If Nevada is going to prevent the Latino community
from seeking help from unlicensed doctors, then it must create
better access to affordable health care for all people, legislators
were told Tuesday.
"Our (medical) workforce remains unable to fill the current demand," said Larry Matheis, executive director of the Nevada State Medical Association. "We really have not closed the access gap. We have to develop better places for people to go and get help."
Matheis told the Legislative Interim Committee on Health Care that the increase in incidents in which people, particularly Hispanics, seek care from unlicensed medical workers is in part because of their inability to find affordable help from licensed medical personnel.
He said Nevada does not have enough doctors in the first place and especially lacks Latino physicians who could better relate to and speak the native language of many Hispanic patients.
Matheis made his presentation during a meeting when legislators discussed unlicensed doctors and how a new media campaign is designed to make Latino people more aware of the dangers of visiting unlicensed medical personnel.
But from the start of a long meeting, it was apparent that speakers were giving scant attention to the underlying problem of why people visit unlicensed doctors.
"Where do people go for care?" asked Sen. Valerie Weiner, D-Las Vegas, interrupting one speaker.
State Health Officer Dr. Tracey Green and former Attorney General Frankie Sue Del Papa noted the Latino Research Center at the University of Nevada, Reno has compiled a statewide list, in Spanish and English, where people can find low- or no-cost medical assistance.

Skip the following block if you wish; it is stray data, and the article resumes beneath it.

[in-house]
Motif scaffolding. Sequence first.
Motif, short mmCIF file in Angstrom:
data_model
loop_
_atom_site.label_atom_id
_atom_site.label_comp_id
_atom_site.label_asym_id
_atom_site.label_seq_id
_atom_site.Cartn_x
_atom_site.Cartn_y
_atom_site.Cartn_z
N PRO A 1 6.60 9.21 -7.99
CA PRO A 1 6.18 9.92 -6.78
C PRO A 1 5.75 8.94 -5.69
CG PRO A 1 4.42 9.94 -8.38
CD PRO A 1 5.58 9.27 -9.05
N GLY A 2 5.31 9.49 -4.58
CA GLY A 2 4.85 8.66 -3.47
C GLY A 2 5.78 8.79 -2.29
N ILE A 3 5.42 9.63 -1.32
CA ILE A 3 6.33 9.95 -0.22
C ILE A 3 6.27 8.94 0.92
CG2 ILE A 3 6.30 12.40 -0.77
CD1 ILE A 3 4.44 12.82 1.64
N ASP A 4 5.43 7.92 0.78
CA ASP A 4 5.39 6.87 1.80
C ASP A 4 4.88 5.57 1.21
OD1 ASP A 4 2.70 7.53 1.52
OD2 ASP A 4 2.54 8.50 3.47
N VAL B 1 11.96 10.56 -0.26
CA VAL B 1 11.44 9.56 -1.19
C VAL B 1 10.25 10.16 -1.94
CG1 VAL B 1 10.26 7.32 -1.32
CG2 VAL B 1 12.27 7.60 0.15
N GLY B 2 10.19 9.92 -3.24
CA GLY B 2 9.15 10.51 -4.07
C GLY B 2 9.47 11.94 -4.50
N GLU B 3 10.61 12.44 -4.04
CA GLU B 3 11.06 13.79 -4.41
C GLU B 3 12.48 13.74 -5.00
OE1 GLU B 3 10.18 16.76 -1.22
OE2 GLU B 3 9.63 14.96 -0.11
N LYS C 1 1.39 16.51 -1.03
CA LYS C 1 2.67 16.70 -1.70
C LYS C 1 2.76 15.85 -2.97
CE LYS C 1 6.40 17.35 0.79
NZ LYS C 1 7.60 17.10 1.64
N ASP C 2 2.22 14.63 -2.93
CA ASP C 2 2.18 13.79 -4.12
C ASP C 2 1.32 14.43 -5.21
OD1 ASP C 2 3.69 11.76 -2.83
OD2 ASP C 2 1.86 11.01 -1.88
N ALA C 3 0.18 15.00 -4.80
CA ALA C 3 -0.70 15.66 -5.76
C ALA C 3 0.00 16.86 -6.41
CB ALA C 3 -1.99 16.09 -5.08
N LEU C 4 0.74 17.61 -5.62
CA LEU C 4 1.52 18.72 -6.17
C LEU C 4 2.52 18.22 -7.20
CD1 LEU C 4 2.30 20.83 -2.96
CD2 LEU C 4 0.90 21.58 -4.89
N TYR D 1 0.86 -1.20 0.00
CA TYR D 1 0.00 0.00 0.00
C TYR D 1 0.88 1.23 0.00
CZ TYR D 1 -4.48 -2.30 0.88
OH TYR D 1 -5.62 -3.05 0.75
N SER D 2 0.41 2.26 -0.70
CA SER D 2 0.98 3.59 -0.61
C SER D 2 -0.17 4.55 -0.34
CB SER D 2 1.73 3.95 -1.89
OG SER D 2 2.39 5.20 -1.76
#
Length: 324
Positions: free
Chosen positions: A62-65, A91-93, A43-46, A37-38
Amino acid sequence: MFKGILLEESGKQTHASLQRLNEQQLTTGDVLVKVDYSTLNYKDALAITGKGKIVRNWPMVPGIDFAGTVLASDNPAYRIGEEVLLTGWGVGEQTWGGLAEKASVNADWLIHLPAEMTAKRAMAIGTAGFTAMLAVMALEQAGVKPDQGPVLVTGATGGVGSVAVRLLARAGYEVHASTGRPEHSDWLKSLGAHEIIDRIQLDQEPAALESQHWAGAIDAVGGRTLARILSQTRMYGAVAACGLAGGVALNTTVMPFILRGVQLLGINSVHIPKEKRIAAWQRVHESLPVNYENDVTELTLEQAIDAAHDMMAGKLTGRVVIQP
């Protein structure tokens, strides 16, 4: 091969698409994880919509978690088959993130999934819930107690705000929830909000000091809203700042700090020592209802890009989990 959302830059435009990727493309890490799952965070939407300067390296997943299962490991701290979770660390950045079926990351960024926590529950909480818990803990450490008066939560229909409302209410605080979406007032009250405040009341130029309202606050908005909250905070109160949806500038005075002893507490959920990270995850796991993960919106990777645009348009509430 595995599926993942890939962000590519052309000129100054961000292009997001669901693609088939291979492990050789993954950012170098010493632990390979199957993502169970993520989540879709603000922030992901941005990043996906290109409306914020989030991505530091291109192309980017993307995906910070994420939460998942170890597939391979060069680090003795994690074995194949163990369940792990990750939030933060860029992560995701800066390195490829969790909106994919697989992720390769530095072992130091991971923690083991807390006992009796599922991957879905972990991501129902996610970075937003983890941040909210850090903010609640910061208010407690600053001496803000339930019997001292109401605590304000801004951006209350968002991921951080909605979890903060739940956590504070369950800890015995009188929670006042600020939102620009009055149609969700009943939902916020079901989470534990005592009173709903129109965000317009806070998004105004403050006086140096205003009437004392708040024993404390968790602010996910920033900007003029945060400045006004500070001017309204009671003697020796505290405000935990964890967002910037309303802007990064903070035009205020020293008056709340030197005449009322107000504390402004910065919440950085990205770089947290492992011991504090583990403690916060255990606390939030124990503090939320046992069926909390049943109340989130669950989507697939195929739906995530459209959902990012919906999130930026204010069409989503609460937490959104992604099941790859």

A check of the list shows none of these health care providers offers cosmetic surgery services.
It was the death of Elena Caro, 42, of Las Vegas in April 2011 that prompted the move to make Latino people aware of the dangers of using unlicensed medical personnel.
Caro died after undergoing buttocks surgery in the backroom of a floor tile company. Two Colombians were arrested in connection with her death as they tried to board an airplane at McCarran International Airport.
Del Papa chairs a state task force looking at the problem of unlicensed medical personnel. She said her task force will look at the availability of medical services.
But finding help might be difficult because the cash-strapped Clark County Social Services Department cannot readily offer assistance, and more people end up in hospital emergency rooms, said Timothy Burch, director of Social Services.
Burch told the committee there is an 18-day wait for some services because his agency has been forced to make substantial cuts in staffing because of a drop in property tax revenue.
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